Can you check again to make sure they don't say it has to be a *word*? All
the resources I trust specify that an acronym is a *word* created from the
initials of other words. I would argue that "CSS" is not a word.
The W3 specs don't make it clear either.
The specs do make it clear what *they* think: they include "GmbH" and
"F.B.I." as abbreviations that they consider to be acronyms. However, they
didn't invent the word "acronym", nor are they a group of experienced
lexicographers, so nothing they say about the meaning of the word is
dispositive. OTOH, as you observe below, they don't really make it clear why
acronyms and abbreviations need distinct tags anyway, and as the W3
indicates, there are abbreviations (like "SQL") that are spoken both ways,
so they could just as well have used ABBR for both, so practically speaking
it likely doesn't matter.

Surely we can agree on a few things here, though: an acronym can also be
considered an abbr; IE won't do abbr; no UA's I'm aware of do anything
special with acronym that they don't do with abbr (other than IE observing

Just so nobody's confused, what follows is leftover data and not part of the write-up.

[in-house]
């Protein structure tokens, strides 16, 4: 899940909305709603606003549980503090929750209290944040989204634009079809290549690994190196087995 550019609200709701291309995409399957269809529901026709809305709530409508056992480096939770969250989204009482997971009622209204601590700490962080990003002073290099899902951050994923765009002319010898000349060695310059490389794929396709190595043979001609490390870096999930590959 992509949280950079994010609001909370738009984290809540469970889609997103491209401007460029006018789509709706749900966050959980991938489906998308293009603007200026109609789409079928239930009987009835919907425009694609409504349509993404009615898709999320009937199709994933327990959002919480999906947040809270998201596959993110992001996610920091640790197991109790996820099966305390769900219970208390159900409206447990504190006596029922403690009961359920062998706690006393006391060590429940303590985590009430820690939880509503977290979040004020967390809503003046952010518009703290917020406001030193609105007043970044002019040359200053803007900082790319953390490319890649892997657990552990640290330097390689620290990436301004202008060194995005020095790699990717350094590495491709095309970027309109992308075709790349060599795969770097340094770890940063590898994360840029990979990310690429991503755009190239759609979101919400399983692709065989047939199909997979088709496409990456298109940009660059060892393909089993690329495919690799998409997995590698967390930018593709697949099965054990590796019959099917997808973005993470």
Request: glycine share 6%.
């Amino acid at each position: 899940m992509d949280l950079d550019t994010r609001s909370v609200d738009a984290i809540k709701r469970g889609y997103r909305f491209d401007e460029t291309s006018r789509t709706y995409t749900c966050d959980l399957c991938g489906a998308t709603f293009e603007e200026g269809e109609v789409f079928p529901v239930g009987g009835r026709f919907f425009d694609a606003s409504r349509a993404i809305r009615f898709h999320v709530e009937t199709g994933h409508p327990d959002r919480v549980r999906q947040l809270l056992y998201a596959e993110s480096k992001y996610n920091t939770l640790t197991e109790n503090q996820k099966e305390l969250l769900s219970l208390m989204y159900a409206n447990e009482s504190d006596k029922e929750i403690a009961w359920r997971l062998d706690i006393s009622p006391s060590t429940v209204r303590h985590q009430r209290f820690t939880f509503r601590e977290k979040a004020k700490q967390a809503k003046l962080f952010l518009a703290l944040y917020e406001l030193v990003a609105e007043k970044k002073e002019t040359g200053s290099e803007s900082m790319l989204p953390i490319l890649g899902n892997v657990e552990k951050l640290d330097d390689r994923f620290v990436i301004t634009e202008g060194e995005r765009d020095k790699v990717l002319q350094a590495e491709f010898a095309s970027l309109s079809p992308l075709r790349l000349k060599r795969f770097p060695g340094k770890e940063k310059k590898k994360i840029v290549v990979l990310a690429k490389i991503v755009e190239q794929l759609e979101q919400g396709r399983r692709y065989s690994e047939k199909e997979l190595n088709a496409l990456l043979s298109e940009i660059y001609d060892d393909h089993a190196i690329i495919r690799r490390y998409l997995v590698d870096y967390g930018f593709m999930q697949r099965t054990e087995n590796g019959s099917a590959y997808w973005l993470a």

it and not the other). So I'm, frankly, inclined to look the other way if
acronym is misused (which I'm not convinced it is here anyway), being that
there no known loss in accessibility or usability.


Jul 20 '05 #4

"Brian" <us*****@juliet remblay.com.inv alid> wrote in message
news:10******** *****@corp.supe rnews.com...
Neal wrote:
I'm, frankly, inclined to look the
other way if acronym is misused (which I'm not convinced it is here
anyway), being that there no known loss in accessibility or usability.


For my part, I'm confuses as to why the w3c felt the need to have both
<acronym> and <abbr>. Why not <abbr> with optional attribute
type="acronym"? I wonder too about things like <OL> and <UL>. Had it
been my choice, I think I'd have gone with <LIST>, again with optional
attribute type="ordered".


I agree with LIST instead of OL and UL, but I don't know about the type
attribute. Indicating that the markers should be bullets or roman numerals
or whatever takes care of that. While bulleted lists don't have their order
indicated by the markers, they are nevertheless ordered in the sense that it
would be unacceptable for a UA to render the items in different order from
the one in which they appear in the HTML.

Jul 20 '05 #5
"Harlan Messinger" <h.*********@co mcast.net> writes:
I agree with LIST instead of OL and UL, but I don't know about the type
attribute. Indicating that the markers should be bullets or roman numerals
or whatever takes care of that. While bulleted lists don't have their order
indicated by the markers, they are nevertheless ordered in the sense that it